Tuesday, May 24, 2016

5 Tips for Creating Characters

Working on the development of characters is important for any writer and this weekend I received some wonderful ideas from super agent Donald Maass in his excellent workshop "Fire in Fiction" that I attended. He talked about how our characters can come alive through our work and it got me to thinking of different ways to further develop my characters and make them more individual. That is the excellent thing about his workshops. He gives ideas that the writer can then take and personalize and further develop so that their own voice shines through. 

One of the suggestions he had was to interview your characters and that really got me to thinking.  As a journalist, either working as a print reporter or as a TV news producer part of my job was interviewing people all the time.  While a lot of that work was more focused on getting information for a story, I always found that the most fun were the interviews where you got to just talk to people about themselves and their lives.  And that was what struck me about talking to our characters.

Don't we all run into situations where we suddenly are stuck in the story?  Usually when that happens to me I find that the character is being stubborn and maybe I need to work more on my characters.  What I realized as I listened to Donald Maass was that when this happens, it's probably the perfect time to interview a character.  Okay, well, then what do we ask?  And that is where I can refer back to my journalistic training.  Talk to the characters, ask them about themselves and get them to feel comfortable and then hit them with the tough questions.  Here are more tips for interviewing your characters.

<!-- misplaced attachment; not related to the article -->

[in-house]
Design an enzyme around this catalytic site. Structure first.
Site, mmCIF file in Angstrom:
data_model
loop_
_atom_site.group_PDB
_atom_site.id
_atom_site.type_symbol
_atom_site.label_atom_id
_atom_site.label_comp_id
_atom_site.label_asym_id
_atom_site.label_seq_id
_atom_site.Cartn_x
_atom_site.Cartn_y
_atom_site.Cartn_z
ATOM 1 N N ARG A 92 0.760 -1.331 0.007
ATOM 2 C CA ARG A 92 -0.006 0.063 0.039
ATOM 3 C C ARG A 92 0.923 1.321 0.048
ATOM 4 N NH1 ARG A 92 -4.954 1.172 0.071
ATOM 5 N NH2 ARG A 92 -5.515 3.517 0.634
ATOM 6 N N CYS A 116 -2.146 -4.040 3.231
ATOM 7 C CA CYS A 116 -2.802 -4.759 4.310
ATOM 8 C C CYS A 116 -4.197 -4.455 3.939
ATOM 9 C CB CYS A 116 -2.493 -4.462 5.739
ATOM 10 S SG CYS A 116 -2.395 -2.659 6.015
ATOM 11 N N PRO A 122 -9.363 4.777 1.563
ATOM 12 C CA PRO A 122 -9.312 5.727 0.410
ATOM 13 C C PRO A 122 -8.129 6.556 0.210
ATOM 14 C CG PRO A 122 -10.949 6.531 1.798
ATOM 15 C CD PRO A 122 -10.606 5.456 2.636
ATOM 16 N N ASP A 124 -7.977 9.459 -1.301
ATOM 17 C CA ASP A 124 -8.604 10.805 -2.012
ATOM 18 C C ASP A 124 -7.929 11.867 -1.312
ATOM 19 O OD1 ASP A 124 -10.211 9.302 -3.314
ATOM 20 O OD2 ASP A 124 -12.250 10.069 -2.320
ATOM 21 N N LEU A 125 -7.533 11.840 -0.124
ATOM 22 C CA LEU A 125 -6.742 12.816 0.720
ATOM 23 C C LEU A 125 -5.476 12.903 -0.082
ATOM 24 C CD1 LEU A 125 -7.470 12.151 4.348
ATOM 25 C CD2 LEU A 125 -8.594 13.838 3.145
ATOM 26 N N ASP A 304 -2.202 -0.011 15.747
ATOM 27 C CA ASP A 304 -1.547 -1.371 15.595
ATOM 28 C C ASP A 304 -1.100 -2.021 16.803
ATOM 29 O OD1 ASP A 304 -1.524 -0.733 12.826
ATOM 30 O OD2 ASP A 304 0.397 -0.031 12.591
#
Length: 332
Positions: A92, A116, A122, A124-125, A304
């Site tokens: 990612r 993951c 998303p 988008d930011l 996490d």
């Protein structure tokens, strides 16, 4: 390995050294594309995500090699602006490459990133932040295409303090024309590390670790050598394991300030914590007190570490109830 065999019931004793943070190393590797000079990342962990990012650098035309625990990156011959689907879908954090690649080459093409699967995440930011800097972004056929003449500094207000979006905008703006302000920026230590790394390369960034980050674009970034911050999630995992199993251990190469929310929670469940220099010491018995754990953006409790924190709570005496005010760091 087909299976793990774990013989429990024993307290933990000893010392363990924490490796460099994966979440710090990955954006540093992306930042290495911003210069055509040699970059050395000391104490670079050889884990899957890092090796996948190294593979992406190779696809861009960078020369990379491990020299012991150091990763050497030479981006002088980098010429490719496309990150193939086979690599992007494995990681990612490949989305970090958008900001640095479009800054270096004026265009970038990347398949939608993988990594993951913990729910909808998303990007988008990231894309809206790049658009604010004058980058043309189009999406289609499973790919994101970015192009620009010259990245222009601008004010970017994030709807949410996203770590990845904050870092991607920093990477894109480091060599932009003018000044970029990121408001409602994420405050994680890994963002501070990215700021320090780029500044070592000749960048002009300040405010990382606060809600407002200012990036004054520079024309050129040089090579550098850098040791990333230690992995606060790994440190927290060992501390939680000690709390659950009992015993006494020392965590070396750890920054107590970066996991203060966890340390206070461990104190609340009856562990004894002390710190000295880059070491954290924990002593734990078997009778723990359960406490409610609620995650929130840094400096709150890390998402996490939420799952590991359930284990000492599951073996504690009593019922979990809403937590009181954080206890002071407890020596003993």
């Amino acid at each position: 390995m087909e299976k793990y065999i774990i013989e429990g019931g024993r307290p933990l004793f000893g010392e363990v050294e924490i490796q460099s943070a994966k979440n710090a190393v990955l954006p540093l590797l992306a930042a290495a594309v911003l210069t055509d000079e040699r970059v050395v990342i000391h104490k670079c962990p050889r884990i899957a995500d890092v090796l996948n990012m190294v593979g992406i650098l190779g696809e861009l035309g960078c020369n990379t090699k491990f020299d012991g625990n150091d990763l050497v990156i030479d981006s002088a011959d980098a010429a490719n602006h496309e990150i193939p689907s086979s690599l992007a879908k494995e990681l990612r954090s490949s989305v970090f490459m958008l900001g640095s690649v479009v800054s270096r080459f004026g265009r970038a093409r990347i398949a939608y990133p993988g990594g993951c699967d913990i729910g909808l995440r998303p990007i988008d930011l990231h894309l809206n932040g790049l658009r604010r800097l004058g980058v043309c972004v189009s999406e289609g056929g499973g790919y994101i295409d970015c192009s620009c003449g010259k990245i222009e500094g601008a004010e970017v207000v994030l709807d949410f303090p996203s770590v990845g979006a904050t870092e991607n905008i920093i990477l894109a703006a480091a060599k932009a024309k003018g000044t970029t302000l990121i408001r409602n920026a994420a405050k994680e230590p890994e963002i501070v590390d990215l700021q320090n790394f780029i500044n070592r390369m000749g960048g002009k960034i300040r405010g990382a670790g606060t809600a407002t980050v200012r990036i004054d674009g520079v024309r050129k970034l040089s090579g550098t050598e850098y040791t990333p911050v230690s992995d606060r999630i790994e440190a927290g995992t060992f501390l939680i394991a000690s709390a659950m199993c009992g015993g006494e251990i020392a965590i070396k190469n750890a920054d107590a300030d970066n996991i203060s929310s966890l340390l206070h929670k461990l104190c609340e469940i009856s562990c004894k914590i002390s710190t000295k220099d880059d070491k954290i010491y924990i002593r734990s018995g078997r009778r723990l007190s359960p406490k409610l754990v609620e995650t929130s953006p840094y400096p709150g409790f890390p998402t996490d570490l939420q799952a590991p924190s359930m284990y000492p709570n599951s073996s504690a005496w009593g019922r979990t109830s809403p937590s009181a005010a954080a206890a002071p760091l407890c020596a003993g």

1. Ask them what their hopes are for the present.  What are their goals for today and tomorrow.  Start small so that the answers will be easy to deal with.

2.  Ask what is holding them back.  Are they afraid of something in particular? Are they frustrated by something that happened the previous day.

3.  Ask them about their long term goals. That can bring some of the present goals into focus, but if you ask that first it might be too big to think about. Once they've answered questions about smaller goals, this question might be easier.

4.  Ask what their biggest fear for the moment might be. What are they afraid the other person in the story is going to do or the worst case scenario.

5.  Ask why they want a certain result.  Why do they need to achieve their goals -- both short term and long term.

These questions can't answer all the story questions you might have and you might even need to interview them a couple of times as the story goes along, but talking regularly to your characters can be a big help.




Monday, May 16, 2016

5 Tips for Accomplishing your Writing Goals

I am always looking for new ways to keep from hitting the doldrums with my writing and to keep the work flowing.  I see so many writers who have so many excuses for why they didn't write today or why they haven't been able to keep going.